The simple threat of hearing her name might merit a trigger warning for many conservatives. She is the embodiment of modern liberal feminism and she has been the self-proclaimed enemy of conservatism for quite some time. She is everything conservatives love to hate; so we love to hate her.
And she has given us good reason. From her often provocatively feminist TV show “Girls,” to her autobiography, to wishing she had had an abortion (a statement for which she later apologized), it doesn’t take a conservative long to find principled ground on which she can be condemned. But Lena Dunham’s recent story in Vogue should give us pause, break our hearts, and bring forth compassion.
This is the story of a 31-year-old woman who has longed to bear children for more than half her life. After many years of trying to identify the source of her physical pain she gives up, checks herself into the hospital, and refuses to leave until something changes or they remove her uterus. Despite her deep desire to procreate, she ends up sacrificing her uterus out of desperation. (It should be noted she didn’t ever actually really want to have an abortion, she wanted to identify with women who had had an abortion)
Throughout her painstaking story she interjects with light somewhat awkward jokes that only serve to show her humanity. She muses of the bad TV she watched for days while waiting for an answer and shares all of the inappropriate responses she developed for every time a nurse asked her if she could be pregnant following the procedure — “In that case they took out the wrong organ yesterday!” It’s dark. But what else is a woman to do. It is not unlike the tales of Lincoln, who was known to make light in the heaviest situations, because if you didn’t laugh, you would have to cry and she can’t cry. Not there. Not yet.
At this point in her narrative I am not crying either. I originally prescribed motives to fit a certain cultural narrative. I assumed that as a successful modern woman, children, pregnancy, and fertility are not important to her. I assumed that she would believe she transcended these desires and they are only inconveniences.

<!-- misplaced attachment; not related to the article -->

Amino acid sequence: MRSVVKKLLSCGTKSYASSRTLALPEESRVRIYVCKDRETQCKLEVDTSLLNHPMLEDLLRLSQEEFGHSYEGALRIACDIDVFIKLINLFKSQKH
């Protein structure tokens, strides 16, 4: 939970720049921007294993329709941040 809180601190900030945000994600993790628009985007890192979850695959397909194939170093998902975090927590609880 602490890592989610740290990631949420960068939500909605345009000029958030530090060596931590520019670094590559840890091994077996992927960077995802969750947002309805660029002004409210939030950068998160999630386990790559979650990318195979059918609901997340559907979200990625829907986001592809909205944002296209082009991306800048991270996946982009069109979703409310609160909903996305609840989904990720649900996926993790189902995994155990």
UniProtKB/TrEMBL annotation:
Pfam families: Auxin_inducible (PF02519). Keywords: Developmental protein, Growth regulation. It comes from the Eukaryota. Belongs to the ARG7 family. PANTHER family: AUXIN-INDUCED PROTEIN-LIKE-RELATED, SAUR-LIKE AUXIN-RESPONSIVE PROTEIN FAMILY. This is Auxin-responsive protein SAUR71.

But then she slashes through all assumptions: “The fact is, I never had a single doubt about having children. Not one, since the day I could understand how families were made. And pregnancy was the glorious beginning of that vision.”
Then she takes it even deeper as she speaks of the time she wore a prosthetic pregnant belly for her TV show: “I feel the innate power of pregnancy, and I look forward to the moment when my stomach swells naturally and isn’t made of the same substance as breast implants.”
Here is where I felt a sudden kinship with Lena. A kinship I had never felt before. I too remember longing not only for children, but to bear children. Lena needs our love.
This is not an endorsement of Lena’s politics. This is not an acceptance of her social commentaries. But to put it plain and simple, Lena needs love and this is a love conservatives can give. This is a time to exercise our principles of life and family.
We must see this as the tragedy it really is. She was in pain for years and did not receive the appropriate care, she did not have doctors who took her concern seriously, and she had no one to advocate for her and her fertility.
To make matters worse, some medical professionals argue that a hysterectomy might not even address her pain. She is a woman who was possibly robbed of her ability to procreate due to the medical community throwing off her continued concerns about her reproductive health. She is not celebrating her hysterectomy — she simply felt that it was her only choice.
This loud voice in the pro-choice movement has just come face to face with the reality that fertility is not always a “choice.” As she recovers physically, she knows she has been beaten mentally and spiritually.
“Because I had to work so hard to have my pain acknowledged, there was no time to feel fear or grief,” she writes. “To say goodbye. I made a choice that never was a choice for me, yet mourning feels like a luxury I don’t have. I weep, big stupid sobs, alone in the bathtub or in the area where, in a terribly cliché turn, I have started crafting.”
Through our public dialog, let’s offer her a safe place to cry. In our culture of life, let’s offer her a safe place to mourn the loss of her fertility. In solidarity read her words: “But I wanted that stomach. I wanted to know what nine months of complete togetherness could feel like.”
And let it break your heart.